FUJIFILM GFX 50S Few could deny that Fujifilm stole the show this year with the announcement of the medium-format GFX system. The first camera in the range - the GFX 50S - isn’t going to be available until early 2017, with March being the best guess right now, but it will be joined initially by three lenses. Customer demand, and the recognition that APS-C and 35mm formats have their limitations, are the motivations behind the new system. The GFX is based around a 43.8x32.9mm sensor and the GFX 50S will feature a low-pass filter free 51.4-megapixel sensor. The sensor does not use the X-Trans technology found in most X-series models - Fujifilm claims
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this isn’t required when you’re dealing with a chip of these dimensions - but it will offer additional ratios over and above the default 4:3. These include 1:1, 4:5, 6:7 and even 6:17. Processing is handled by the X-Processor Pro engine already seen in the X-Pro2 and X-T2. The body design , with the top-plate’s lockable shutter and ISO speed dials, has a familiar look to the company’s X-series. The rear LCD is adjustable, with functionality similar to the X-T2’s, including the ability to swing out for comfortable low-level or upright shooting. An optional Vertical Battery Grip will also be available, plus the GFX 50S will support tethered shooting. To keep size and weight down an EVF that sits in the hotshoe is removable
so you can use the monitor on its own, plug in an external monitor or buy the optional tilt monitor that can be set for waist-level or low viewpoint shooting. The body is weather and dust resistant, and the shutter is designed to be quiet with minimal ‘shutter shock’ vibration.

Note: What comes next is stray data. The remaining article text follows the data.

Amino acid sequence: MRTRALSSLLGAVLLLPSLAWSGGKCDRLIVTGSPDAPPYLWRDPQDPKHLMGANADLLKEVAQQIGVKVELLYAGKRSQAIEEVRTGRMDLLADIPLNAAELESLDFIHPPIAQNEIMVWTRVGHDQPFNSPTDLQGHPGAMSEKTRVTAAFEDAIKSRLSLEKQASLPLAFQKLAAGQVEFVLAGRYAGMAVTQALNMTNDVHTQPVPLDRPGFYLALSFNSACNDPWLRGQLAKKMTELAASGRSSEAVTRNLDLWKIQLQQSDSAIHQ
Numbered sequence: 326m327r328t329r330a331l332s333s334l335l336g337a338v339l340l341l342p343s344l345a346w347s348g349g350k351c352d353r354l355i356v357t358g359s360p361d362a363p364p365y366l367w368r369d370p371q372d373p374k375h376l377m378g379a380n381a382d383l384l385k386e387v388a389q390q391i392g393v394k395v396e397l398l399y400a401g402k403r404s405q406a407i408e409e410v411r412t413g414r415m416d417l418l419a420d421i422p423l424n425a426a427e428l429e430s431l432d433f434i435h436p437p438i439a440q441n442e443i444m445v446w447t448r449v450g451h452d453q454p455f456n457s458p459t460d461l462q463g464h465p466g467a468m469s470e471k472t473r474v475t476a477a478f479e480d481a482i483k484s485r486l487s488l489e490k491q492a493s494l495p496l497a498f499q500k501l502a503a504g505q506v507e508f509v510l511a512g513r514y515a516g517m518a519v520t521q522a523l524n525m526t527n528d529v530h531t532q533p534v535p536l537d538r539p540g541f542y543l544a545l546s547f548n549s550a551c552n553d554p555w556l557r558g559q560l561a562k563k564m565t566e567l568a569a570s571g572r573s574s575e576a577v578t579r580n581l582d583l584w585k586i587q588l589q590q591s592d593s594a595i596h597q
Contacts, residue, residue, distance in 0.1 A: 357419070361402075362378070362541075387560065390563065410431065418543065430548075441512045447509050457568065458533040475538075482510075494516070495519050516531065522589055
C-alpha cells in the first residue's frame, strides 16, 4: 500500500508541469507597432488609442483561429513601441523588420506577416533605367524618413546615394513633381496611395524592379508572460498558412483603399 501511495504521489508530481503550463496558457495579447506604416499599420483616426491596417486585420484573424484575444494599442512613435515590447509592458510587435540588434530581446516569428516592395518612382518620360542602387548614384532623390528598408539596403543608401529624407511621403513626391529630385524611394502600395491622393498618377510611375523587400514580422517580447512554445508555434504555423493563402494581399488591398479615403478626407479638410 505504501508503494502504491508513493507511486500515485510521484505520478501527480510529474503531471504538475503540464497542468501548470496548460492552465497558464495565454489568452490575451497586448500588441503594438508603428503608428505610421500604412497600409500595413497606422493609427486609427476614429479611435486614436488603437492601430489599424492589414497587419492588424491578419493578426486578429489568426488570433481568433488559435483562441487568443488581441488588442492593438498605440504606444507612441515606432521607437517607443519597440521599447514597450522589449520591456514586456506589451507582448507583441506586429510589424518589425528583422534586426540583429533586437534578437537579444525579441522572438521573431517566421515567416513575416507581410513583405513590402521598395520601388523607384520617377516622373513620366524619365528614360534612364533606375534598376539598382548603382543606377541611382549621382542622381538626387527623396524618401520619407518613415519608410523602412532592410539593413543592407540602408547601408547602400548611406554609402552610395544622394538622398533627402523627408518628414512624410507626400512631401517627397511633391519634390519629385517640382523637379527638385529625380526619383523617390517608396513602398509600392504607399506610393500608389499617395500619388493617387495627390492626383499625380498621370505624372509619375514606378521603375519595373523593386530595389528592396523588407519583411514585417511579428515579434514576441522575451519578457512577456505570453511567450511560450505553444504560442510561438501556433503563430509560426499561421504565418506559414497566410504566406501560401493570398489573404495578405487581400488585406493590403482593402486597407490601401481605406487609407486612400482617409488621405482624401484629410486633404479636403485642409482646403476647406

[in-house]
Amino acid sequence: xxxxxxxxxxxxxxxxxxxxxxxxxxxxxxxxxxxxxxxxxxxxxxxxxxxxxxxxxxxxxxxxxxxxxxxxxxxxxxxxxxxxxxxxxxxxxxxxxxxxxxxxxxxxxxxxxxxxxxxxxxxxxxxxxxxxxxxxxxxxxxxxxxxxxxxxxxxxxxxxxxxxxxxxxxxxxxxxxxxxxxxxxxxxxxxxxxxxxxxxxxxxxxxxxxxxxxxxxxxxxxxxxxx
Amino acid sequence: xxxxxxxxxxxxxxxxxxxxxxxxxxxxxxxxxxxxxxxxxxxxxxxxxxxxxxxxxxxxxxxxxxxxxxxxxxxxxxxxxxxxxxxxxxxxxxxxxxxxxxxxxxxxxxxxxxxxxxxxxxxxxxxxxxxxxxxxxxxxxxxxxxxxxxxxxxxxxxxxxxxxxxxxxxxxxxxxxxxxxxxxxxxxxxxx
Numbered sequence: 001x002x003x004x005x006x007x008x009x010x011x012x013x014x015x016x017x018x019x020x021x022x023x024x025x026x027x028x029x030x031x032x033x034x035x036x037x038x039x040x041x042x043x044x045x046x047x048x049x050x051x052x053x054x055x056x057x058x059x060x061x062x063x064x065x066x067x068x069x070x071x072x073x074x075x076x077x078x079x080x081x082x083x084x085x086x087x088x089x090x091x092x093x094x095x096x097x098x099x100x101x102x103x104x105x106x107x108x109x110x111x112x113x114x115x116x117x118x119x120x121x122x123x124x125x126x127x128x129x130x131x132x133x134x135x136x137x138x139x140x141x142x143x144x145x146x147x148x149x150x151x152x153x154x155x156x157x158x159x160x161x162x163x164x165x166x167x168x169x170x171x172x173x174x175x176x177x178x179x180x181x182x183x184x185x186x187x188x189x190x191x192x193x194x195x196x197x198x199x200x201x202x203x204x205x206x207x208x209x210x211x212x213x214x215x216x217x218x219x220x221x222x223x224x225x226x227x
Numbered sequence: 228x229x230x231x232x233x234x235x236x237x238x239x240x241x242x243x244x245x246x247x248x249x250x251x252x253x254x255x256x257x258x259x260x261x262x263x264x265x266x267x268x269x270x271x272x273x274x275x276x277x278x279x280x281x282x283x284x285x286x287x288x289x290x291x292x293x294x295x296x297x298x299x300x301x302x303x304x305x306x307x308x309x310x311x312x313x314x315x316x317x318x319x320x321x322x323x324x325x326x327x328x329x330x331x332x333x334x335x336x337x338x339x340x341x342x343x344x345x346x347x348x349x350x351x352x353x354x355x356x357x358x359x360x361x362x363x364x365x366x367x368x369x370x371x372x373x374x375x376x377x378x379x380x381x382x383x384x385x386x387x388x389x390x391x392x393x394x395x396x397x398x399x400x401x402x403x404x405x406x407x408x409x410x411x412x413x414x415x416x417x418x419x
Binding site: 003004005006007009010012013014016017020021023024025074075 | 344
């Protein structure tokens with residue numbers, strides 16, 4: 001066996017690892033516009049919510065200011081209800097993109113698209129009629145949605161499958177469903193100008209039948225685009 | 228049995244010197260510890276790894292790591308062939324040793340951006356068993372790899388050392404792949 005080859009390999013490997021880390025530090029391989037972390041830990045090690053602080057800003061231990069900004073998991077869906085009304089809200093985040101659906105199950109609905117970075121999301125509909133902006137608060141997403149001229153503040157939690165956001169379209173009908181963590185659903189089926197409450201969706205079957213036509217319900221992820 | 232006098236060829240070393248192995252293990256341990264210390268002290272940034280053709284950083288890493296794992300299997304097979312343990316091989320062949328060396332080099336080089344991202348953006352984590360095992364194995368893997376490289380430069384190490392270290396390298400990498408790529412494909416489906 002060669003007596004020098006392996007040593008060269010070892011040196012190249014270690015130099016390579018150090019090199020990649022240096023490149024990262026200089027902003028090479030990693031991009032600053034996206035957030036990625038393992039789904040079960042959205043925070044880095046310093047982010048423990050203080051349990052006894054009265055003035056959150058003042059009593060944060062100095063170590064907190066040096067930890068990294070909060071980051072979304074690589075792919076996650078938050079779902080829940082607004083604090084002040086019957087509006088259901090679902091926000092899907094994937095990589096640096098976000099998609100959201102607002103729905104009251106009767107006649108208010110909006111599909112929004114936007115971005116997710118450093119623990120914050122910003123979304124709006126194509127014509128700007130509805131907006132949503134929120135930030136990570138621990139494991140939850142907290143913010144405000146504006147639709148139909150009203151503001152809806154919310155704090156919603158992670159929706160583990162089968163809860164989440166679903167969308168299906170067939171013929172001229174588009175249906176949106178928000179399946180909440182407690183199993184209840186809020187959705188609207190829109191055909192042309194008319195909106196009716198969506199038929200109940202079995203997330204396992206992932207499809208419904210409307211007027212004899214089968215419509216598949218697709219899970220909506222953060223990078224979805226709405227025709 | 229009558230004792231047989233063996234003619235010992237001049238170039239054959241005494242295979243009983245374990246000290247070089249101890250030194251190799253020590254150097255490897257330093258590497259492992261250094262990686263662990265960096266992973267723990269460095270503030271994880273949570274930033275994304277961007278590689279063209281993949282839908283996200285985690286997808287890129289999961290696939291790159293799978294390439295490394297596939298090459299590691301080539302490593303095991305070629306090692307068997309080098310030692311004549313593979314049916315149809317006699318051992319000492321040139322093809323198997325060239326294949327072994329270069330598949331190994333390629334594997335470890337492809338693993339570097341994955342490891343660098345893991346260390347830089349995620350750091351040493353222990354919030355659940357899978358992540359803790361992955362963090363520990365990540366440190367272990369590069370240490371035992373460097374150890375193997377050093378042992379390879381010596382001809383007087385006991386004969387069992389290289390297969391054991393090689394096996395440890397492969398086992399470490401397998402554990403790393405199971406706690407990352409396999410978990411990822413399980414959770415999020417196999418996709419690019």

PHOTOK I NA SP EC I A L
stealer, the Fujifilm GFX 50S mediumformat camera
A lens road map was also announced, the plan being to have six lenses available by the end of 2017. Three lenses will be launched with the camera, the GF63mm f/2.8 R WR, the GF120mm f/4 Macro R LM OIS WR and the GF3264mm f/4 R LM WR offering 50mm, 95mm and 25-51mm equivalents in 35mm terms. A GF110mm f/2 R LM WR (87mm equivalent), GF23mm f/4 R LM WR (18mm) and GF45mm f/2.8 R LM WR (35mm) are expected to follow during 2017. As these lenses use the same naming conventions as XF lenses, we can see that all will feature aperture rings (denoted by R) and weatherresistance (WR). Linear motors (LM) for fast and quiet autofocusing feature in all but the 63mm, plus the macro lens will benefit from stabilisation (OIS). At this stage, more detailed spec for the GFX 50S was not available but the headline features are impressive. The price could be too – it is going to be ‘well under US$10,000’ for the body and 63mm lens. How that translates to the UK come launch time we will have to wait and see, but for quality conscious professionals, the GFX system is likely to be a compelling option.
C A MER A S A L S O A NNOUNC ED
HANDS ON WITH THE FUJIFILM GF X 50S Pre-production samples were available at the launch to handle but not to shoot with. The GFX 50S body feels solid and while the contoured handgrip is large, it allows a secure and comfortable hold. The buttons and controls had a robustness which inspired confidence, too. The removable EVF concept works well and the optional tilt monitor is a very neat piece of design that will appeal to many photographers. The body with the standard zoom didn’t feel much heavier than a full-frame DSLR with an f/2.8 standard zoom, and I think I could carry and use the combination for extended periods with no problem. Of course, image quality is key, and untested, but if it matches the handling, and the GFX 50S’s price is competitive, then medium-format photography the Fujifilm way is a very real possibility.